The latest issue of The Economist has a very interestingpiece discussing the consequences of blocking a country’s access to theglobal financial-messaging system SWIFT to further geopolitical aims. SWIFT,which stands for Society for Worldwide Interbank Financial Telecommunication(SWIFT), is a global cooperative of banks based in Belgium, which operates oneof the world’s most important pieces of financial infrastructure—a securemessaging system that makes global commerce possible by facilitate cross-borderfunds . In 2012, for instance, European sanctions required SWIFT tocut off access to Iran banks. Now there are calls to do the same to Russianbanks. The Economist rightly highlights the unintended consequences that couldresult from such a drastic move:
“Another riskis that using SWIFT in this way could lead to the creation of a rival. Russia’scentral bank is pre-emptively working to develop an alternative network; Chinahas also shown interest in shifting the world’s financial centre of gravityeastward. Earlier this year it co-founded a BRICS development bank with Russia,India, China and South Africa, and its UnionPay service, set up in 2002, hasloosened the stranglehold of MasterCard and Visa on card payments. If China andother countries that feared being subjected to future Western sanctions joinedthe Russian venture, it might become an alternative to SWIFT—and one lessconcerned with preventing money laundering and the financing of terrorism.”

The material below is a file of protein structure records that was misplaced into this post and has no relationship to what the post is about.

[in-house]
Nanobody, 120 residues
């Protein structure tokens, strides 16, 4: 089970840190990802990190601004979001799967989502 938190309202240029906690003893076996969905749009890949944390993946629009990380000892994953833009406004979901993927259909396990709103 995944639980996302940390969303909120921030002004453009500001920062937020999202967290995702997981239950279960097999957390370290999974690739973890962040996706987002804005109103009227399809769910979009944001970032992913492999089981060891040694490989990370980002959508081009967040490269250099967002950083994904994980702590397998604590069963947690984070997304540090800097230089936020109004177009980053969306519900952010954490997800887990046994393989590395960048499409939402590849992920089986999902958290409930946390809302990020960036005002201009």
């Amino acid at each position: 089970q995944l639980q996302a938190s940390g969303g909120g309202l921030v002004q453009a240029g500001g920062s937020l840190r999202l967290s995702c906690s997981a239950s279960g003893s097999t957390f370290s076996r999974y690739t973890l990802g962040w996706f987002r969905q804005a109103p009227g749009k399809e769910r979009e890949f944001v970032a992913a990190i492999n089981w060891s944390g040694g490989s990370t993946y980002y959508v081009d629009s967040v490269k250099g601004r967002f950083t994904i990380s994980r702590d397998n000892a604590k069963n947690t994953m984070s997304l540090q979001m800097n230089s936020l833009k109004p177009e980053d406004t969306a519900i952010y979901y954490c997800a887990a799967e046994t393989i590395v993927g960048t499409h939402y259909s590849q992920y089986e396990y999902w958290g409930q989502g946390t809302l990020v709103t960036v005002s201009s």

In an upcoming Mercator reporttitled “A SWIFT Disruption? Bitcoin and Peer-to-Peer Models Challenge theRemittance Business,” I take a deep dive into how the global consumerremittance business works, explaining its reliance on a network ofcorrespondent banking relationships across the world, an infrastructure thatwould be impossible to sustain without SWIFT. I point to the examples like Rebit, BitPesa, and Transferwise, as radically newmodels of facilitating consumer remittances across borders, one which does notrely on SWIFT to transmit value across borders.
It’s possible that one of theconsequences of excluding an economy as large as Russia’s from cruciallyimportant financial infrastructure could be to spur greater adoption of Bitcoinas a way to meet financial needs across borders. The outcomes that suchtechnology makes possible would blunt the effect of financial sanctions as atool of international politics. It’s therefore not surprising why regulators inthe US want Bitcoin wallet providers and exchanges to be regulated as moneyservice businesses under the Bank Secrecy Act.
Overview by Nikhil Joseph, Analyst, Emerging Technologies Service for Mercator Advisory Group
See story at the Economist